God Uses those who will Serve—March 26, 2017

Vol. 2, No. 14 – 2017time

When I was still in my mother’s womb, He chose me and called me out of sheer generosity!. Galatians 1:15 (paraphrased)

There was once a motivated bull in a china closet; he was a runaway freight train. His name was Saul, and he was headed toward Damascus; down the tracks toward a sudden stop. He was a religious zealot, a legalist in the full sense in his prime—so he thought. In addition, he was seen as a Rabbi, and a highly intelligent man.

Now he becomes the Apostle Paul.

My message came by a direct revelation from Jesus Christ himself—no one else taught me. Something happened  . . . (I was shown) undeserved mercy! Galatians 1:12, 15

It was like a 9.9 scale earthquake—his life was impacted like no other time in his existence. Now this Jewish leader, the legalist, was to be forever different. That happens to leaders and following leaders who listen, instead of mumbling through life.

Sometimes people dismiss total change in a person. It is said that a psychologist suggested that in the conversion of Saul he was greatly troubled by his conscience, because of his cruelty to Christians. On the way to Damascus some physical malady (perhaps an epileptic fit) precipitated an approaching crisis and made him imagine that he had caught a vision of Christ. What a foolish scholar!

This leader was not changed by imagination, nor by any psychological/chemical reaction; he was totally changed to be Someone he had never been. What happened along the highway was real. Warren Wiersbe paraphrases Saul’s words in verse 15, “God did it! God had designs on me!” Even Saul’s name was changed to Paul.

The change is through the grace of Christ. God, because of mercy and grace, stops him and changes him, 180 degrees. When Paul cries out (as depicted in Acts 26:15-18), the voice of Christ answers:

I am Jesus, the one you are persecuting. Now stand up! For I have appeared to you to appoint you as my servant and my witness.

Paul has a new assignment as a leader. His leadership will take him a totally different direction from his past experience. His leadership will also place him in a position to develop following leaders.

God’s grace became a tremendous motivation. He was no longer self-centered; self left the premises. He could have chosen to remain a Jewish Rabbi; he could have replaced Gamaliel—but he chose to commit his life to right leadership with a focus on others.

This man who was named Saul, now Paul, cannot help but allow his change to influence his life and those surrounding him. That is what true leaders do!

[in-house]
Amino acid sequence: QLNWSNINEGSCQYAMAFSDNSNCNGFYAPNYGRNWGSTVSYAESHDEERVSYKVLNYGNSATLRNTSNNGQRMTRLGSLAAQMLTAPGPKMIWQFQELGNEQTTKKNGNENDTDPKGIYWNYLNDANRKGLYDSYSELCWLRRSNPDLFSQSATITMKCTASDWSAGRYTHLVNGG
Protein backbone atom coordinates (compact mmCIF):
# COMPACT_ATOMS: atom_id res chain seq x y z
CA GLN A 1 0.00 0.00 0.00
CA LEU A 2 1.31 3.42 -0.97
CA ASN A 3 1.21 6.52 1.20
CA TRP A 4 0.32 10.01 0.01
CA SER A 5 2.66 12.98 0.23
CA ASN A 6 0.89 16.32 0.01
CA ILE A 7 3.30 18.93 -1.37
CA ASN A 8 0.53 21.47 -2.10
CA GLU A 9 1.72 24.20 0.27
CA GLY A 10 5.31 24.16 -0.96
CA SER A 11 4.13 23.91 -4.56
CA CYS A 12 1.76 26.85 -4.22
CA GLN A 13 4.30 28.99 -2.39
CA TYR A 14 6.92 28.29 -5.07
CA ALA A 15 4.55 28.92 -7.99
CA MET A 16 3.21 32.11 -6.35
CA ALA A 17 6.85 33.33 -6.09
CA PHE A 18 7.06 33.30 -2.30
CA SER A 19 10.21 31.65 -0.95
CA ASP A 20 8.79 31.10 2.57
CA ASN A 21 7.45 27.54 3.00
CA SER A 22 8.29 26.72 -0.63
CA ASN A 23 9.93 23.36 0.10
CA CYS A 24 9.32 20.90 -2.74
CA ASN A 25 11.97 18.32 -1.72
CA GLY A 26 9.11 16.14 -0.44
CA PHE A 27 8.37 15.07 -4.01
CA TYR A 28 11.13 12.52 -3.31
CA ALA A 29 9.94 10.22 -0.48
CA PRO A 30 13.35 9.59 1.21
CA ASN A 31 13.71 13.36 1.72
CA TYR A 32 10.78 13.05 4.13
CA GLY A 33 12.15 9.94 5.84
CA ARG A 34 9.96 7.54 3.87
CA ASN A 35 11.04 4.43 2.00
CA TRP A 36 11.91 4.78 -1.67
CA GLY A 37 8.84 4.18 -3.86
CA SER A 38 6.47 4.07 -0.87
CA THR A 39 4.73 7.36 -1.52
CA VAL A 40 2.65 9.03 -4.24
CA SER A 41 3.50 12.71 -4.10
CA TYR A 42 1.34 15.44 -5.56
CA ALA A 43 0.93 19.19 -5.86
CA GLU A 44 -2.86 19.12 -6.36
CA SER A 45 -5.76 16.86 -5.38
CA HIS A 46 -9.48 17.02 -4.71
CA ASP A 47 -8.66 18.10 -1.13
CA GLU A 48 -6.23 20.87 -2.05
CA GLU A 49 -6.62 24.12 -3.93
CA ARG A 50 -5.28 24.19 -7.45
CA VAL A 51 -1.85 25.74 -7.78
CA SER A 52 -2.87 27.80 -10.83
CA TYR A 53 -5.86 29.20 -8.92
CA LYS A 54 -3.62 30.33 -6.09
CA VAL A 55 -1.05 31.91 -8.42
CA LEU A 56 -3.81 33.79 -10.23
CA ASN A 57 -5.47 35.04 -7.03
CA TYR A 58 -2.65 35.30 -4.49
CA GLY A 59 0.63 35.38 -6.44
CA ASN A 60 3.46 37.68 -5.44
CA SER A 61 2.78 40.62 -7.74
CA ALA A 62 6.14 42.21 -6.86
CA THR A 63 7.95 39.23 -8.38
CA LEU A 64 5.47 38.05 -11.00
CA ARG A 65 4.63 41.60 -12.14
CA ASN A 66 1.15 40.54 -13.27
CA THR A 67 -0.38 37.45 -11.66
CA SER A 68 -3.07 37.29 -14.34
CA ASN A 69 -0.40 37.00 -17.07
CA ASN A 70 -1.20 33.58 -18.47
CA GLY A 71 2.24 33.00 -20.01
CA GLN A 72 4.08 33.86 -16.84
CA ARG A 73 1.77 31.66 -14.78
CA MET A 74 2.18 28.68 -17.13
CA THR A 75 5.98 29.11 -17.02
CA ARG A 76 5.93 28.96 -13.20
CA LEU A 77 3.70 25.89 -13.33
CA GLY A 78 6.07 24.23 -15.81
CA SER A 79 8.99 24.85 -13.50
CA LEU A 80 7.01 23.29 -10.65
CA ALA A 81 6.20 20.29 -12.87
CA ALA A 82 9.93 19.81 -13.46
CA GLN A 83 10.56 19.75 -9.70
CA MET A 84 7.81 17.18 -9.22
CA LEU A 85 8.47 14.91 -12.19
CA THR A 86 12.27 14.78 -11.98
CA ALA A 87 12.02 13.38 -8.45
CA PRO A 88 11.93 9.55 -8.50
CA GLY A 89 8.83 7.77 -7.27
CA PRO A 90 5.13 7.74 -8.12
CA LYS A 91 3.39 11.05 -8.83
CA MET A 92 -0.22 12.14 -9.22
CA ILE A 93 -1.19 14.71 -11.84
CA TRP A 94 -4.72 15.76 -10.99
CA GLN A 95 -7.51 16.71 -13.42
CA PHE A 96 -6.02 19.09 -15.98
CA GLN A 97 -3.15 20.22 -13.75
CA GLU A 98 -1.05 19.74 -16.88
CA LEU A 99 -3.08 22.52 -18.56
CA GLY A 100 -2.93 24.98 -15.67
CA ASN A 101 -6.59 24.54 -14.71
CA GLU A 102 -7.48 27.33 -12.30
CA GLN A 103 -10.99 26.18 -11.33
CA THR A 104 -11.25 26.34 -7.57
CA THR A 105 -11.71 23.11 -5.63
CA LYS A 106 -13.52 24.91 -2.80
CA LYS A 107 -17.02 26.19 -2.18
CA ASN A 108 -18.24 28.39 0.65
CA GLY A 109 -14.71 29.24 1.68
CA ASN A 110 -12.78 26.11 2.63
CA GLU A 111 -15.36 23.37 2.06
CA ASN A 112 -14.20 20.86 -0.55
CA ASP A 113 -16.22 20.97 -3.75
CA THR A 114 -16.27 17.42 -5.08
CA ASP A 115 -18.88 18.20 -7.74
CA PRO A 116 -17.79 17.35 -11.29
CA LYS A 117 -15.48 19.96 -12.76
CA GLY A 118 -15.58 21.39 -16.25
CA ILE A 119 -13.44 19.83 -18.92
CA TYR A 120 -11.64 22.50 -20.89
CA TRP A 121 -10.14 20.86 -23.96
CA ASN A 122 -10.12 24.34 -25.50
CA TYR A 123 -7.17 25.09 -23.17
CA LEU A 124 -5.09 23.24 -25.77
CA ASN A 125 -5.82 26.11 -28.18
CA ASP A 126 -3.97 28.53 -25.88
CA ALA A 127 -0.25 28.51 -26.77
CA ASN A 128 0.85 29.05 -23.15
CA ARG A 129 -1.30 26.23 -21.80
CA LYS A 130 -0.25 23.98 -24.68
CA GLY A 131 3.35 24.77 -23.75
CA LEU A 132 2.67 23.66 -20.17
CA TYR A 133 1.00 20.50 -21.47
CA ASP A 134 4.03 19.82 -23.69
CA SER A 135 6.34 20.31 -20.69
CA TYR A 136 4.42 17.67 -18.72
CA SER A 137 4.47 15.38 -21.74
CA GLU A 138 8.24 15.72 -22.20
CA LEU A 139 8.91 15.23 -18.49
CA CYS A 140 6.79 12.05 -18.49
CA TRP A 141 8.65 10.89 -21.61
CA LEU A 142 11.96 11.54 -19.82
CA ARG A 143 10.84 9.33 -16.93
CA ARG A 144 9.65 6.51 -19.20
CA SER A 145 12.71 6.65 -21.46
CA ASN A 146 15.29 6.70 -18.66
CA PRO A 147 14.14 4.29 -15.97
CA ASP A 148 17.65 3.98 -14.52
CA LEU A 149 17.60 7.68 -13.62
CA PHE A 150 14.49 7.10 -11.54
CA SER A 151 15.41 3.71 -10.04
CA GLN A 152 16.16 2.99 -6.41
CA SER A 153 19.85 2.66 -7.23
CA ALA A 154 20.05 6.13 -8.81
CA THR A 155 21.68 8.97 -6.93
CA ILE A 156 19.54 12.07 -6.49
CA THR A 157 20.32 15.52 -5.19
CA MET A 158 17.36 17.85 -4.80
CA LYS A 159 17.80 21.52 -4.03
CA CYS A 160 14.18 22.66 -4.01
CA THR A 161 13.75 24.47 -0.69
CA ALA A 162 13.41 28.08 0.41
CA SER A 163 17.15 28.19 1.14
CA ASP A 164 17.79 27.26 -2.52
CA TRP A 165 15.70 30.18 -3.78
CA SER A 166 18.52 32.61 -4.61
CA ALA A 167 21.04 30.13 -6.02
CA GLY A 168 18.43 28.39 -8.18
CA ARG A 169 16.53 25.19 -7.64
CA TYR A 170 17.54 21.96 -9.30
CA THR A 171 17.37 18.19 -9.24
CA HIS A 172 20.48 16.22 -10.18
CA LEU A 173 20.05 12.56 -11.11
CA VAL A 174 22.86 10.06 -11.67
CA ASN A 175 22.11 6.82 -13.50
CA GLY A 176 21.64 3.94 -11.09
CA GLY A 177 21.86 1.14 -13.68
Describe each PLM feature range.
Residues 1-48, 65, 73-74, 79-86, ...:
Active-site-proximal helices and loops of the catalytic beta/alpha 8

Everything comes from Him
Everything exists by His power
Everything is intended for His glory  Romans 11:36

My life was completely changed 52 years ago following the preaching of Mason Cooper. Life change offered an opportunity to be a following leader in business, ministry, and education. Pastor Mason Cooper went home to be with the Lord in January of this year at the age of 97. I miss the times of our conversations. He was a great following leader to follow, because he followed The Leader. How is your leadership working out for you?

Profiles in Leadership—Tired Leadership that Never Gives Up—March 19, 2017

never give upVol. 2, No. 13 – 2017

Gideon (and his warriors) were very tired, but they kept on pursuing the enemy. Judges 8:4 Too pooped to participate? Keep on keeping on! Ready to throw in the towel? Victory is near.

The frog in the picture on the right has the right attitude–he never gives up!

The victory was almost won, time to scale back and bring your warriors home. Right? It is a matter of preserving the warriors’ lives, a matter of money, a matter of good image before your constituents. Right?

The enemy is almost defeated, under 98% control—is 98% really good enough? How many of us would be satisfied with a dentist who drills the right tooth 98% of the time, or a surgeon who cuts of the right leg 98% of the time. It is rather a foolish question is it not?

Gideon, tired, urges his warriors to move forward. He does what is necessary to fulfill complete victory. River crossings are blocked. He uses those who did not serve him as a result of their own pride and jealousy (they wanted a share in the spoils of victory, but it is not uncommon for people to want government funds with little contribution to the effort). The Ephraimites did not want to risk their own lives for their brothers in need; however, they were willing to do small things away from the battle to at least gain something for themselves.